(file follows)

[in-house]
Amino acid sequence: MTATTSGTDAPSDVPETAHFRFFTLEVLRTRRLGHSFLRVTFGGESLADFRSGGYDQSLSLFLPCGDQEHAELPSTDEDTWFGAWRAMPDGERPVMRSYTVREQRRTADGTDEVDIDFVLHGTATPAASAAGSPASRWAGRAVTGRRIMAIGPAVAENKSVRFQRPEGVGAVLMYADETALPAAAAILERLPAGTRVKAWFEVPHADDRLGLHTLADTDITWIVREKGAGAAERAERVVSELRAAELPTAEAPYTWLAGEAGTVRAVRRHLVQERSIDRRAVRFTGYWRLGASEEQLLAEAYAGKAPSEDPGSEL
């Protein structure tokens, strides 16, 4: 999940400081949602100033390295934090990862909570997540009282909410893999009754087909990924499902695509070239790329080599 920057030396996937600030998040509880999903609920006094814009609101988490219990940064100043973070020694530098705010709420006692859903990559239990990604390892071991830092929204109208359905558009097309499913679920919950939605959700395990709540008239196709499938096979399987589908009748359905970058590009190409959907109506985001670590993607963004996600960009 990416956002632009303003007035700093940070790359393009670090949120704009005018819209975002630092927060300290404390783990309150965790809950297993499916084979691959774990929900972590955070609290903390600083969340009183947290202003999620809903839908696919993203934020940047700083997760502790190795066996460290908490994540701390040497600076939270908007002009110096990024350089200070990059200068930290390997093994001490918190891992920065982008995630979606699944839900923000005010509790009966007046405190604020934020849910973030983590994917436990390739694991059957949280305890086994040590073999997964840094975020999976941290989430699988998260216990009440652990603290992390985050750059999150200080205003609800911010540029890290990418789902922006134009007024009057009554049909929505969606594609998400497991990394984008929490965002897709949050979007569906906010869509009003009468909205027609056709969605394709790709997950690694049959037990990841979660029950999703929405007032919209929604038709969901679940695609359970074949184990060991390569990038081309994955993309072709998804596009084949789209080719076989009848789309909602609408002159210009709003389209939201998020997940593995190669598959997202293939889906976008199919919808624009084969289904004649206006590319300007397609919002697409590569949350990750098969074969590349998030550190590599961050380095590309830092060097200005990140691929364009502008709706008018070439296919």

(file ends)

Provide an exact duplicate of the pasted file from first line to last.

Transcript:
[in-house]
Amino acid sequence: MTATTSGTDAPSDVPETAHFRFFTLEVLRTRRLGHSFLRVTFGGESLADFRSGGYDQSLSLFLPCGDQEHAELPSTDEDTWFGAWRAMPDGERPVMRSYTVREQRRTADGTDEVDIDFVLHGTATPAASAAGSPASRWAGRAVTGRRIMAIGPAVAENKSVRFQRPEGVGAVLMYADETALPAAAAILERLPAGTRVKAWFEVPHADDRLGLHTLADTDITWIVREKGAGAAERAERVVSELRAAELPTAEAPYTWLAGEAGTVRAVRRHLVQERSIDRRAVRFTGYWRLGASEEQLLAEAYAGKAPSEDPGSEL
């Protein structure tokens, strides 16, 4: 999940400081949602100033390295934090990862909570997540009282909410893999009754087909990924499902695509070239790329080599 920057030396996937600030998040509880999903609920006094814009609101988490219990940064100043973070020694530098705010709420006692859903990559239990990604390892071991830092929204109208359905558009097309499913679920919950939605959700395990709540008239196709499938096979399987589908009748359905970058590009190409959907109506985001670590993607963004996600960009 990416956002632009303003007035700093940070790359393009670090949120704009005018819209975002630092927060300290404390783990309150965790809950297993499916084979691959774990929900972590955070609290903390600083969340009183947290202003999620809903839908696919993203934020940047700083997760502790190795066996460290908490994540701390040497600076939270908007002009110096990024350089200070990059200068930290390997093994001490918190891992920065982008995630979606699944839900923000005010509790009966007046405190604020934020849910973030983590994917436990390739694991059957949280305890086994040590073999997964840094975020999976941290989430699988998260216990009440652990603290992390985050750059999150200080205003609800911010540029890290990418789902922006134009007024009057009554049909929505969606594609998400497991990394984008929490965002897709949050979007569906906010869509009003009468909205027609056709969605394709790709997950690694049959037990990841979660029950999703929405007032919209929604038709969901679940695609359970074949184990060991390569990038081309994955993309072709998804596009084949789209080719076989009848789309909602609408002159210009709003389209939201998020997940593995190669598959997202293939889906976008199919919808624009084969289904004649206006590319300007397609919002697409590569949350990750098969074969590349998030550190590599961050380095590309830092060097200005990140691929364009502008709706008018070439296919």